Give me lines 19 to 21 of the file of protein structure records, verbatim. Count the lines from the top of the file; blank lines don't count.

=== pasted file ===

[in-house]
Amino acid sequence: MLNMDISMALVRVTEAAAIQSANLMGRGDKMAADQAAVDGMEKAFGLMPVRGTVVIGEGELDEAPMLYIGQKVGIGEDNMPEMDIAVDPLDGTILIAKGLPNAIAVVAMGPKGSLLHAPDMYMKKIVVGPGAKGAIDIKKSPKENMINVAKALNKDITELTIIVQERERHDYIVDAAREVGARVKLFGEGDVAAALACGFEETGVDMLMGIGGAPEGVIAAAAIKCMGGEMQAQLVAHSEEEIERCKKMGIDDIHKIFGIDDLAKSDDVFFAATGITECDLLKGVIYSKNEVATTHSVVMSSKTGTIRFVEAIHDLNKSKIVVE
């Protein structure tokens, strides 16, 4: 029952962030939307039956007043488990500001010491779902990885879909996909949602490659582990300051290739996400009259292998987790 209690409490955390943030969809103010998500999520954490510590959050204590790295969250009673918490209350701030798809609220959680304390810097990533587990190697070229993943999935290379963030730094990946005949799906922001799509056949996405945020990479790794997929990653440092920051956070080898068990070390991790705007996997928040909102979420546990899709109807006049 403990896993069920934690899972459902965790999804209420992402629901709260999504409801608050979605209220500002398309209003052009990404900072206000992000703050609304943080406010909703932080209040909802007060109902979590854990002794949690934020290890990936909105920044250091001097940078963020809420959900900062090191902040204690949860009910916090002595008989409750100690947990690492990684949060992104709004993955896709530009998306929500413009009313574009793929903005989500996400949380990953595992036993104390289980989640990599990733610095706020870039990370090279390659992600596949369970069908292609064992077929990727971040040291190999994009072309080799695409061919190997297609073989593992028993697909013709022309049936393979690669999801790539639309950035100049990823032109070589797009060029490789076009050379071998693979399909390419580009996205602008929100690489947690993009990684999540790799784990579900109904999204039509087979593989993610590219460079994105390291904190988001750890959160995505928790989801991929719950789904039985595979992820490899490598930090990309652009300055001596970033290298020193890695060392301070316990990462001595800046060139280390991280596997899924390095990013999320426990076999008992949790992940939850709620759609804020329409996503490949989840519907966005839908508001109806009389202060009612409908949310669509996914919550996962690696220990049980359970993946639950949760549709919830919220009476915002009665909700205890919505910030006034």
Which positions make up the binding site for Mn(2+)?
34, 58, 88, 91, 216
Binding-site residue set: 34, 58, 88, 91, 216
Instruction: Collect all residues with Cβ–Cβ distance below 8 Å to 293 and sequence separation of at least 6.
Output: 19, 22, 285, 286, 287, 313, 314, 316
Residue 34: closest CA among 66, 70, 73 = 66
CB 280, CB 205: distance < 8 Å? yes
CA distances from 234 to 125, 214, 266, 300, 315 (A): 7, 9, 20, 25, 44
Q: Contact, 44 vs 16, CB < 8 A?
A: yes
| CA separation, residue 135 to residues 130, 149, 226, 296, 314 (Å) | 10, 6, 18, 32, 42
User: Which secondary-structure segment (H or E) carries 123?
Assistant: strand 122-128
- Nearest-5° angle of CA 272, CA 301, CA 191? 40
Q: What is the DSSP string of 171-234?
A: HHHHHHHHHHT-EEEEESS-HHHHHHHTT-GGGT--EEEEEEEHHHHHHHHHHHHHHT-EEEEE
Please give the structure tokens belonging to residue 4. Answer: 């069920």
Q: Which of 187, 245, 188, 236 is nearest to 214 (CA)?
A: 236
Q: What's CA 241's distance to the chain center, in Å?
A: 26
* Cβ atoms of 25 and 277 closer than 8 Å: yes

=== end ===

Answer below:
A: HHHHHHHHHHT-EEEEESS-HHHHHHHTT-GGGT--EEEEEEEHHHHHHHHHHHHHHT-EEEEE
Please give the structure tokens belonging to residue 4. Answer: 């069920």
Q: Which of 187, 245, 188, 236 is nearest to 214 (CA)?